The Existence of Jing Mo Jee (aka Iron Finger)
According to Tony To Wai-Tung, senior media man and ex-GH promotion manager, he personally witnessed Bruce performed his Jing Mo Jee or Iron finger Kung Fu in an unofficial foreign press’ gathering at a HK country club. Bruce told Tony To he was developing “Jing Mo Jee (JMJ),” a term he coined or simply known as the “Iron finger Kung Fu.” (Jing Mo literally means Proficient in Martial Arts; it is also the famous name of Jing Mo School founded by Grandmaster Fok Yuen-Kap’s) Bruce said his 1-3 inch punch would generate force within a very short distance but if he mastered this JMJ Kung Fu, his finger would be like a bullet firing out from the gun and could jab through a person’s chest. He continued explaining that he was learning to poke through an aluminum beer can (note: the can was much thicker in the early days). Bruce told him it was no easy task to accomplish because if the can is empty it would not be able to take on or absorb the force of the jab and would be thrown back once it was jabbed. However, if the can was unopened, the force inside would be strong. Another consideration was if the finger poked through the can, the flesh on both sides of the finger would roll up and the finger would be seriously injured. Hence, Bruce was still thinking on how to poke through the target without hurting his own fingers.
Upon explanation, Tony To then witnessed Bruce demonstrated his new skill in front of the eye-watchers. He put a can of unopened beer on the table and clenched his fist for a couple of seconds in order to generate the internal force (Chi). Suddenly, he held his finger out and thrust forward vehemently. “Bang!” The beer can flew backwards and hit the opposite wall. Luckily, it was a wall not a mirror otherwise the beer can would have exploded and cracked the mirror. Tony To picked up the beer can and found Bruce did not poked through the can but there was an at least half an inch hollow on the dented can. Tony To thought in fighting, even if the finger did not jab through the chest but it would surely hit the vital pressure point and stop the opponent from breathing. This force is really incredible. Bruce said he needed some more time to master this deadly technique.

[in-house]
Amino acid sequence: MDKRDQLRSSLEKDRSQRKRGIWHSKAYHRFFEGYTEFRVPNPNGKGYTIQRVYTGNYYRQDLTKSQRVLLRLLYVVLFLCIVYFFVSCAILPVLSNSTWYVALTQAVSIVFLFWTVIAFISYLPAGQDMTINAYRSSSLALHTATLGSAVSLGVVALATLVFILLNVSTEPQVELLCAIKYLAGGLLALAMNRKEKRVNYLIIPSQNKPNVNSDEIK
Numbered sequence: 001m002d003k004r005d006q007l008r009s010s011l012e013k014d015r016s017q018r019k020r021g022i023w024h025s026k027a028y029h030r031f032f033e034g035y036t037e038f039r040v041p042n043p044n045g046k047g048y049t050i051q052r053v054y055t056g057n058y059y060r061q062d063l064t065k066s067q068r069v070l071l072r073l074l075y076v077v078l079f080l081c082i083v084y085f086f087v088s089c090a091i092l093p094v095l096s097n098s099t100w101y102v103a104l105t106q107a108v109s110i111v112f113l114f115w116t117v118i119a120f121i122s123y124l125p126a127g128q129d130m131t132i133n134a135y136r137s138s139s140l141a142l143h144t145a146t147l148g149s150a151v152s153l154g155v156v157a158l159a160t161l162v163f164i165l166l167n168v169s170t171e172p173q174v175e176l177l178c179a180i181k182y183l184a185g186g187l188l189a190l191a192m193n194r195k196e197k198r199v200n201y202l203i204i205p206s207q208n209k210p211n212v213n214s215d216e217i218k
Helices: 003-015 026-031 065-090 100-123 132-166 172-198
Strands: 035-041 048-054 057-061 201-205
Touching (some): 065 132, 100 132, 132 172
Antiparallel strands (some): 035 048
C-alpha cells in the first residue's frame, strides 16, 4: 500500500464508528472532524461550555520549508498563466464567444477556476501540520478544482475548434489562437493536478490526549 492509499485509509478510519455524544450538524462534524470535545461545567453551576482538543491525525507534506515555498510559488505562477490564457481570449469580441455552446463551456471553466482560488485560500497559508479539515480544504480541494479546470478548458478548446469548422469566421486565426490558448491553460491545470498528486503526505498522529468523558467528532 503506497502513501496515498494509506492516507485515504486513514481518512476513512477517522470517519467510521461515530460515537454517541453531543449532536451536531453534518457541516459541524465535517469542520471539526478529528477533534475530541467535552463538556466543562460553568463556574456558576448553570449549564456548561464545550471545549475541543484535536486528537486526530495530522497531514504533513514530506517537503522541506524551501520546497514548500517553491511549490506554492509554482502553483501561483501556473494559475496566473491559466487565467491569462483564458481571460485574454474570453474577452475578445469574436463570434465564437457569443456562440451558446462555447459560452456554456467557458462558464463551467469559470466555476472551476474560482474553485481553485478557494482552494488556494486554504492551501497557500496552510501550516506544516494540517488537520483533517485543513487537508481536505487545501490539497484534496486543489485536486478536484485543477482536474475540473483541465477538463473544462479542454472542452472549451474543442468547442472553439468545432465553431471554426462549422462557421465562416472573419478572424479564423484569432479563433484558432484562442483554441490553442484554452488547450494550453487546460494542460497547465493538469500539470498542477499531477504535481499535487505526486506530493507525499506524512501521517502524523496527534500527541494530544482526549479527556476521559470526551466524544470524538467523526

In another similar incident, HK stuntman Steve Lee Kar-Ting witnessed Bruce’s JMJ. It happened that one day, Bruce, Steve and a few other stuntmen went to a night club. When he arrived, the people there were all so excited and wanted Bruce to demonstrate something special and had yet been shown before. Bruce agreed and got someone to get him a can of unopened sweetened condensed milk. It was “Eagle Brand and in those days, the milk can was made of hard steel which was much thicker than the ones we saw today. Bruce stood up and gradually raised his right hand with his finger jab resembled a spear. He placed his finger jab a few inches away from the milk can. After several seconds, his fingers suddenly hit the milk can like a bullet. “Bang!” Bruce withdrew his fingers in a nick of moment. The force of his jab was so powerful that the milk can was thrown backward and then hit the wall. The cover of the can was forced opened slightly and some milk seeped out and spilled over the place. All the people who witnessed Bruce’s amazing feat were all stunned! Though there’s no hole but a deep hollow was found on the can where he hit. Surprisingly, Bruce’s finger was totally unhurt. It was truly spectacular!
Like Bruce always said, “The strike must be fast, accurate and powerful.” His new iron finger Kung Fu or JMJ basically showed them all. After Bruce’s death, Steve Lee said he tried to master this iron finger Kung Fu by himself for 10 years but was unsuccessful.